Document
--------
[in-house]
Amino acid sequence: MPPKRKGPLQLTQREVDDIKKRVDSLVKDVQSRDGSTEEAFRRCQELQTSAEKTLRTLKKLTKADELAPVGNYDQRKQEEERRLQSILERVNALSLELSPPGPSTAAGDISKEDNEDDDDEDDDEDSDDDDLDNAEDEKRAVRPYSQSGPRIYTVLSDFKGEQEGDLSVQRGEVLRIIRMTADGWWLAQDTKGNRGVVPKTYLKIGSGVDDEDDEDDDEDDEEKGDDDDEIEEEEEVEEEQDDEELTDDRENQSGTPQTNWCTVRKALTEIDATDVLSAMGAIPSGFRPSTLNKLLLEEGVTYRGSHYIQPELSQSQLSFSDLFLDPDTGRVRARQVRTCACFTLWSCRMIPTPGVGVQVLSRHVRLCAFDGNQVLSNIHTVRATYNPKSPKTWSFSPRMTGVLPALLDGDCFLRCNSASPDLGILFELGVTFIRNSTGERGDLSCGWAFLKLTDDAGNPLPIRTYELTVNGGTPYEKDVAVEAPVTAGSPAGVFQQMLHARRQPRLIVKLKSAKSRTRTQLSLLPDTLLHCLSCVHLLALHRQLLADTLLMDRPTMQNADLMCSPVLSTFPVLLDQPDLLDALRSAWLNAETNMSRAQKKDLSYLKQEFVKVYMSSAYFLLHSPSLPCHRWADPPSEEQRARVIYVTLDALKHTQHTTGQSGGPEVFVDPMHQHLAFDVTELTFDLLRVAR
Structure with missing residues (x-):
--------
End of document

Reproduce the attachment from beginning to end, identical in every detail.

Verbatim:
[in-house]
Amino acid sequence: MPPKRKGPLQLTQREVDDIKKRVDSLVKDVQSRDGSTEEAFRRCQELQTSAEKTLRTLKKLTKADELAPVGNYDQRKQEEERRLQSILERVNALSLELSPPGPSTAAGDISKEDNEDDDDEDDDEDSDDDDLDNAEDEKRAVRPYSQSGPRIYTVLSDFKGEQEGDLSVQRGEVLRIIRMTADGWWLAQDTKGNRGVVPKTYLKIGSGVDDEDDEDDDEDDEEKGDDDDEIEEEEEVEEEQDDEELTDDRENQSGTPQTNWCTVRKALTEIDATDVLSAMGAIPSGFRPSTLNKLLLEEGVTYRGSHYIQPELSQSQLSFSDLFLDPDTGRVRARQVRTCACFTLWSCRMIPTPGVGVQVLSRHVRLCAFDGNQVLSNIHTVRATYNPKSPKTWSFSPRMTGVLPALLDGDCFLRCNSASPDLGILFELGVTFIRNSTGERGDLSCGWAFLKLTDDAGNPLPIRTYELTVNGGTPYEKDVAVEAPVTAGSPAGVFQQMLHARRQPRLIVKLKSAKSRTRTQLSLLPDTLLHCLSCVHLLALHRQLLADTLLMDRPTMQNADLMCSPVLSTFPVLLDQPDLLDALRSAWLNAETNMSRAQKKDLSYLKQEFVKVYMSSAYFLLHSPSLPCHRWADPPSEEQRARVIYVTLDALKHTQHTTGQSGGPEVFVDPMHQHLAFDVTELTFDLLRVAR
Structure with missing residues (x-):